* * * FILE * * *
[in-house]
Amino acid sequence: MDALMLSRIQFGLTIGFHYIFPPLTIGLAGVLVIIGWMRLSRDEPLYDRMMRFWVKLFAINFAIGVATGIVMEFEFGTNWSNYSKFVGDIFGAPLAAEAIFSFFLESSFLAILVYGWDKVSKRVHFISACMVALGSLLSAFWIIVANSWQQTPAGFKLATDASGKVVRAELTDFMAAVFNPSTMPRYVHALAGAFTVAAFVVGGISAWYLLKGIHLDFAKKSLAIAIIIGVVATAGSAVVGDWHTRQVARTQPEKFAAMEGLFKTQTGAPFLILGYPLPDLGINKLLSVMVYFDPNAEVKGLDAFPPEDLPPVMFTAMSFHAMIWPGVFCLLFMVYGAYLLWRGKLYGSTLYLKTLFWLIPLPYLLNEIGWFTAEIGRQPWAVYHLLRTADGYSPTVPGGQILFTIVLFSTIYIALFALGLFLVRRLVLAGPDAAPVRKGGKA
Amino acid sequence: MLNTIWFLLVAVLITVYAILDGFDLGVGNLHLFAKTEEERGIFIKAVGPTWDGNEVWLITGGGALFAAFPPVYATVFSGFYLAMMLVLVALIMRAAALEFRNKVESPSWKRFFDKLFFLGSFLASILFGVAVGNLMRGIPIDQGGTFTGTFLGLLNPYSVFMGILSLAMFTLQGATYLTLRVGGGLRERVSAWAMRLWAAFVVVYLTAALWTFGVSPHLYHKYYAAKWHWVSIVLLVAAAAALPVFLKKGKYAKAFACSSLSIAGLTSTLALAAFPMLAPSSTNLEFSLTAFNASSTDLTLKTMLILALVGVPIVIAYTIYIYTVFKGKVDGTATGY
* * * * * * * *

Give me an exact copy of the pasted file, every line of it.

[in-house]
Amino acid sequence: MDALMLSRIQFGLTIGFHYIFPPLTIGLAGVLVIIGWMRLSRDEPLYDRMMRFWVKLFAINFAIGVATGIVMEFEFGTNWSNYSKFVGDIFGAPLAAEAIFSFFLESSFLAILVYGWDKVSKRVHFISACMVALGSLLSAFWIIVANSWQQTPAGFKLATDASGKVVRAELTDFMAAVFNPSTMPRYVHALAGAFTVAAFVVGGISAWYLLKGIHLDFAKKSLAIAIIIGVVATAGSAVVGDWHTRQVARTQPEKFAAMEGLFKTQTGAPFLILGYPLPDLGINKLLSVMVYFDPNAEVKGLDAFPPEDLPPVMFTAMSFHAMIWPGVFCLLFMVYGAYLLWRGKLYGSTLYLKTLFWLIPLPYLLNEIGWFTAEIGRQPWAVYHLLRTADGYSPTVPGGQILFTIVLFSTIYIALFALGLFLVRRLVLAGPDAAPVRKGGKA
Amino acid sequence: MLNTIWFLLVAVLITVYAILDGFDLGVGNLHLFAKTEEERGIFIKAVGPTWDGNEVWLITGGGALFAAFPPVYATVFSGFYLAMMLVLVALIMRAAALEFRNKVESPSWKRFFDKLFFLGSFLASILFGVAVGNLMRGIPIDQGGTFTGTFLGLLNPYSVFMGILSLAMFTLQGATYLTLRVGGGLRERVSAWAMRLWAAFVVVYLTAALWTFGVSPHLYHKYYAAKWHWVSIVLLVAAAAALPVFLKKGKYAKAFACSSLSIAGLTSTLALAAFPMLAPSSTNLEFSLTAFNASSTDLTLKTMLILALVGVPIVIAYTIYIYTVFKGKVDGTATGY